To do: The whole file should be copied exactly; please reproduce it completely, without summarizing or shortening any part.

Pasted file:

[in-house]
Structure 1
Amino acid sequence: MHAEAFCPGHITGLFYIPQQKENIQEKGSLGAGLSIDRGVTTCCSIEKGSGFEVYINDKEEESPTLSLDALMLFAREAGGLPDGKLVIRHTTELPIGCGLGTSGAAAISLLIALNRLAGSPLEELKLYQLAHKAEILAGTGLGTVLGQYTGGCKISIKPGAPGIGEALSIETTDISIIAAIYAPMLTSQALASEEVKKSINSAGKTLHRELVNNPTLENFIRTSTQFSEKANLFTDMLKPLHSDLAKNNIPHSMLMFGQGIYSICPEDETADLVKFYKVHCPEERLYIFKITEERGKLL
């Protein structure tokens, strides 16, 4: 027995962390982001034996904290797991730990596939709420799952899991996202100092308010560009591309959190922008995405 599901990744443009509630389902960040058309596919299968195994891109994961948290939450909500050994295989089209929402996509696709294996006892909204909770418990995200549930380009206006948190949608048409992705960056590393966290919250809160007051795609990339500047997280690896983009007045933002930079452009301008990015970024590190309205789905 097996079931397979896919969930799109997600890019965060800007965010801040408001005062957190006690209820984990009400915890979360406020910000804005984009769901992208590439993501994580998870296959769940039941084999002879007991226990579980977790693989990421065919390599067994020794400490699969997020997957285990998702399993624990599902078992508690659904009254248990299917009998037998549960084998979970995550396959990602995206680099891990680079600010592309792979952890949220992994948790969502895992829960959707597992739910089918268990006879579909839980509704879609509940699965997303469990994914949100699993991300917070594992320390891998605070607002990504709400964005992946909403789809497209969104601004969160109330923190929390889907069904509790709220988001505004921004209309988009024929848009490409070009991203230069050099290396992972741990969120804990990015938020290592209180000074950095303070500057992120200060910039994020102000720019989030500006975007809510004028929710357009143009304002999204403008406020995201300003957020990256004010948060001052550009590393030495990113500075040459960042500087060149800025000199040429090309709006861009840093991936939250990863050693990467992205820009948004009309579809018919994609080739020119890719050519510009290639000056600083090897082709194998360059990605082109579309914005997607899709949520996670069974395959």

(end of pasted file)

[in-house]
Structure 1
Amino acid sequence: MHAEAFCPGHITGLFYIPQQKENIQEKGSLGAGLSIDRGVTTCCSIEKGSGFEVYINDKEEESPTLSLDALMLFAREAGGLPDGKLVIRHTTELPIGCGLGTSGAAAISLLIALNRLAGSPLEELKLYQLAHKAEILAGTGLGTVLGQYTGGCKISIKPGAPGIGEALSIETTDISIIAAIYAPMLTSQALASEEVKKSINSAGKTLHRELVNNPTLENFIRTSTQFSEKANLFTDMLKPLHSDLAKNNIPHSMLMFGQGIYSICPEDETADLVKFYKVHCPEERLYIFKITEERGKLL
């Protein structure tokens, strides 16, 4: 027995962390982001034996904290797991730990596939709420799952899991996202100092308010560009591309959190922008995405 599901990744443009509630389902960040058309596919299968195994891109994961948290939450909500050994295989089209929402996509696709294996006892909204909770418990995200549930380009206006948190949608048409992705960056590393966290919250809160007051795609990339500047997280690896983009007045933002930079452009301008990015970024590190309205789905 097996079931397979896919969930799109997600890019965060800007965010801040408001005062957190006690209820984990009400915890979360406020910000804005984009769901992208590439993501994580998870296959769940039941084999002879007991226990579980977790693989990421065919390599067994020794400490699969997020997957285990998702399993624990599902078992508690659904009254248990299917009998037998549960084998979970995550396959990602995206680099891990680079600010592309792979952890949220992994948790969502895992829960959707597992739910089918268990006879579909839980509704879609509940699965997303469990994914949100699993991300917070594992320390891998605070607002990504709400964005992946909403789809497209969104601004969160109330923190929390889907069904509790709220988001505004921004209309988009024929848009490409070009991203230069050099290396992972741990969120804990990015938020290592209180000074950095303070500057992120200060910039994020102000720019989030500006975007809510004028929710357009143009304002999204403008406020995201300003957020990256004010948060001052550009590393030495990113500075040459960042500087060149800025000199040429090309709006861009840093991936939250990863050693990467992205820009948004009309579809018919994609080739020119890719050519510009290639000056600083090897082709194998360059990605082109579309914005997607899709949520996670069974395959």